Harry Whipple out as head of Denver Newspaper Agency

Categories: Media

harry whipple photo.jpg
Harry Whipple.

The only surprise in yesterday afternoon's announcement that Harry Whipple would no longer be in charge of the Denver Newspaper Agency was the identity of his successor: former Denver Post publisher Gerald Grilly, who's coming out of retirement to take the gig. Indeed, the February 26 press conference announcing that the Rocky Mountain News would shut down the next day provided graphic evidence of Whipple's fading power. Instead of appearing on the stage at the Denver Newspaper Agency auditorium along with the other major players -- MediaNews Group CEO Dean Singleton, E.W. Scripps CEO Rich Boehne, etc. -- he sat anonymously in a seat toward the back of the room. At one point, someone at the podium asked him a question without identifying him for the collected media. Whipple answered it briefly and then slumped back into his essential anonymity again.

The differences between two online pieces by Post staffers about the transition also carry a not-so-subtle message about Whipple, whose lovely parting gift is a position on the executive committee of MediaNews Group.

The first article to appear -- "Ex-Post Publisher Grilly to Head DNA," which ran sans byline -- contains the usual puffy tribute to a fallen leader, issued under Singleton's name:

"Harry Whipple did a remarkable job of working with the owners of the Rocky Mountain News and The Denver Post when the business was a 50-50 company," Singleton said in a statement. "Both the E.W. Scripps Co. and MediaNews Group appreciated his even-handed, impartial management of the business operations of both newspapers, and MediaNews looks forward to continued association with Harry."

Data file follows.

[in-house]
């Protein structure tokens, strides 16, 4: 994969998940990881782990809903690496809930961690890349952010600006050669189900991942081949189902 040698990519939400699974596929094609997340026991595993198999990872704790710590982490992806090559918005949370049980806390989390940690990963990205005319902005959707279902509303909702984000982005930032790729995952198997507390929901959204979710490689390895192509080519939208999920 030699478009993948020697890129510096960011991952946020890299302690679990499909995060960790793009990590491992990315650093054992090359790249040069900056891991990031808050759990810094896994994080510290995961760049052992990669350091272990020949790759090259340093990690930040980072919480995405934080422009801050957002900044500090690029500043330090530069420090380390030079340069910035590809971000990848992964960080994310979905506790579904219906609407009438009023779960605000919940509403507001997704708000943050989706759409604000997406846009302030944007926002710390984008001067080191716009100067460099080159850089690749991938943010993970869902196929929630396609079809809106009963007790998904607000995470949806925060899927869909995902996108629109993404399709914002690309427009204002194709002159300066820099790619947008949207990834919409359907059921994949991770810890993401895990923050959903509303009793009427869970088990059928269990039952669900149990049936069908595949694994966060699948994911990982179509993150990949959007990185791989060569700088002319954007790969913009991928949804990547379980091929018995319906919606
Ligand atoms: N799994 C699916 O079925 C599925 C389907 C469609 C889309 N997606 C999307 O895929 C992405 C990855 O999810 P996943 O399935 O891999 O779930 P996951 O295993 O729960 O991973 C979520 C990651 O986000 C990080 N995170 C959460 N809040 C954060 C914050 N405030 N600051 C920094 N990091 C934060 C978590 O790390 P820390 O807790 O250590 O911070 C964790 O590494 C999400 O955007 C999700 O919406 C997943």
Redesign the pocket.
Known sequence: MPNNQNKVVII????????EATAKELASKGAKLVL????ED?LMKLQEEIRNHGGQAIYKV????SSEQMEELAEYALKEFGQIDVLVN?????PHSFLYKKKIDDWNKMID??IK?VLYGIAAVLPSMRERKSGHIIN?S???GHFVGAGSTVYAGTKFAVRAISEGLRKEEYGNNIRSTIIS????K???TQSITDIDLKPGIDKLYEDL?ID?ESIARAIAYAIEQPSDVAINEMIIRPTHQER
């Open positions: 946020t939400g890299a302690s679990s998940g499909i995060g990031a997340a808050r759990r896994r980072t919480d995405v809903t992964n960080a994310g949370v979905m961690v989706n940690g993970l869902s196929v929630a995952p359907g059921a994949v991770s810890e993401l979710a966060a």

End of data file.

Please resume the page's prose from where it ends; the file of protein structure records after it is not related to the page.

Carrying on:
However, "Ex-Post Publisher Returns to the Fold," a lengthier report authored by David Migoya, contains no such Whipple salute, and a quote Singleton offered to DNA employees while revealing the switch contains implicit criticism of his leadership. "This war needs to be as intensely fought as the old war," he said. "With your new leader, I assure you no grass will grow under your feet."

Whipple, who's headed the agency since 2006, wasn't known as a firebrand, and the various initiatives and promotions he's overseen have done little to staunch the revenue bloodflow in the succeeding two years-plus. Then again, it's likely that no one could have successfully defeated the historic forces currently battering the newspaper industry. In that sense, Whipple may well be something of a scapegoat for the problems leading to the Rocky's collapse and financial difficulties so severe that, according to a document unearthed by former Rocky reporter David Milstead, the Post had to borrow $13 million the DNA couldn't really afford to lend out simply to pay newsroom expenses last year.

On the other hand, at least Whipple doesn't have to try to come up with a workable business model for the Post amid the worst newspaper market in living memory. Grilly's in charge of that now, and best of luck to him. He'll need it.


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